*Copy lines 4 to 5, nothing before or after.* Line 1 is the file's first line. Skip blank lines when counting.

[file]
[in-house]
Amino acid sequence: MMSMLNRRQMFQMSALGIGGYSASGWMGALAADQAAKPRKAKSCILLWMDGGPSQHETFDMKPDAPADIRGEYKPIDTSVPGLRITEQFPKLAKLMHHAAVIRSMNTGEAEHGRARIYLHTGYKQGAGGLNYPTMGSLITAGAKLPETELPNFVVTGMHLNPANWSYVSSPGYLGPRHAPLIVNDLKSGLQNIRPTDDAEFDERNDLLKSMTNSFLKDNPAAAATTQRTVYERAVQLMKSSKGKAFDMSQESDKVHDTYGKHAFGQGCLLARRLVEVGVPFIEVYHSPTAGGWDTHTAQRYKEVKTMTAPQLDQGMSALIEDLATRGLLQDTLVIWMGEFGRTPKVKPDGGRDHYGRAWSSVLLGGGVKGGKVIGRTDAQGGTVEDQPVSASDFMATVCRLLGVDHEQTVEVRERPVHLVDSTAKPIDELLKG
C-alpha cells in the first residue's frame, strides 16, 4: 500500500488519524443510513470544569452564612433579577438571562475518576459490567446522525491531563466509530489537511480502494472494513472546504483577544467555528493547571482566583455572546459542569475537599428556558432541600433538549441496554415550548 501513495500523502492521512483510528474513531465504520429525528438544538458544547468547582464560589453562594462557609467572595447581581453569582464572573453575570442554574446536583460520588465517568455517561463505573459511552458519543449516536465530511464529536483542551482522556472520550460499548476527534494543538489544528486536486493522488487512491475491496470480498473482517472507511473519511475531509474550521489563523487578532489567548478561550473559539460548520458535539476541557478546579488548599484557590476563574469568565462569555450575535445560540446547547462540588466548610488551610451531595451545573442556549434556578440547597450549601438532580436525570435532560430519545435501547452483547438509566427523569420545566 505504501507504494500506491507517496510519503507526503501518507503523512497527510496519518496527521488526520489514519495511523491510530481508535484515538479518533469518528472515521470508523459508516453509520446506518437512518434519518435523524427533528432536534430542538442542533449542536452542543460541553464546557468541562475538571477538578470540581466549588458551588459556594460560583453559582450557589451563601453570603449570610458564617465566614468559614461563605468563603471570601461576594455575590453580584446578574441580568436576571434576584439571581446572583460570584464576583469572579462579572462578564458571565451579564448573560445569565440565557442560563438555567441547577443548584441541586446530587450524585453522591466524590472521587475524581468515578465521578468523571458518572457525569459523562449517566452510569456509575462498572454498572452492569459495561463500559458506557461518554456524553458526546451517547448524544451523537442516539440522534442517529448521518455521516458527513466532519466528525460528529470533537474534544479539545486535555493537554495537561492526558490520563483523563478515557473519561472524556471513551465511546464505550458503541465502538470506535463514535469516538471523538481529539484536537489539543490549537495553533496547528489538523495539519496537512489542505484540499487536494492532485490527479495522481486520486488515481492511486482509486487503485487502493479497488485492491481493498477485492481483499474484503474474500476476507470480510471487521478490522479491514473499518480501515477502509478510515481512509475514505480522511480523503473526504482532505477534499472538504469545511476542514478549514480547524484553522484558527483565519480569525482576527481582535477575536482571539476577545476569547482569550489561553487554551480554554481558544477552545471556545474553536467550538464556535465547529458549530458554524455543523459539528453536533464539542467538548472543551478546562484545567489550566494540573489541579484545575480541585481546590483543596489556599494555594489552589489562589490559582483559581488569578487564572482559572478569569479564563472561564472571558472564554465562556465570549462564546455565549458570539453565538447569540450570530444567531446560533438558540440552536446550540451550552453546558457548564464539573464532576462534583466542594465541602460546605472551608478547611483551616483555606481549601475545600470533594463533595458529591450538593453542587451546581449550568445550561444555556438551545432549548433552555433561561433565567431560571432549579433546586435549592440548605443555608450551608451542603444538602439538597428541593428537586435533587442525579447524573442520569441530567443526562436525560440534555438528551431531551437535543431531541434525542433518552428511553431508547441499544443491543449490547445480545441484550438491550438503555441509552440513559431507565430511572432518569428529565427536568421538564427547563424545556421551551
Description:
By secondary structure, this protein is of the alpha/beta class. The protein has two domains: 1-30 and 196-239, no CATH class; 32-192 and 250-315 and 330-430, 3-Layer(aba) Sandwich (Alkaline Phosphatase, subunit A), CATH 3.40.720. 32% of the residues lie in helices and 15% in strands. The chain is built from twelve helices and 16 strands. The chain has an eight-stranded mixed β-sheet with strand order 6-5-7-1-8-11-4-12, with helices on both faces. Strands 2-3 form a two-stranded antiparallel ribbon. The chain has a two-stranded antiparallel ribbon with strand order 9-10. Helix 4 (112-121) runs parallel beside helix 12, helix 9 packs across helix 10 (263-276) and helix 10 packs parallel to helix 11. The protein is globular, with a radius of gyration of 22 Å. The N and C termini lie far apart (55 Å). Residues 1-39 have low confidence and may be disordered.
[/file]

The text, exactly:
Description:
By secondary structure, this protein is of the alpha/beta class. The protein has two domains: 1-30 and 196-239, no CATH class; 32-192 and 250-315 and 330-430, 3-Layer(aba) Sandwich (Alkaline Phosphatase, subunit A), CATH 3.40.720. 32% of the residues lie in helices and 15% in strands. The chain is built from twelve helices and 16 strands. The chain has an eight-stranded mixed β-sheet with strand order 6-5-7-1-8-11-4-12, with helices on both faces. Strands 2-3 form a two-stranded antiparallel ribbon. The chain has a two-stranded antiparallel ribbon with strand order 9-10. Helix 4 (112-121) runs parallel beside helix 12, helix 9 packs across helix 10 (263-276) and helix 10 packs parallel to helix 11. The protein is globular, with a radius of gyration of 22 Å. The N and C termini lie far apart (55 Å). Residues 1-39 have low confidence and may be disordered.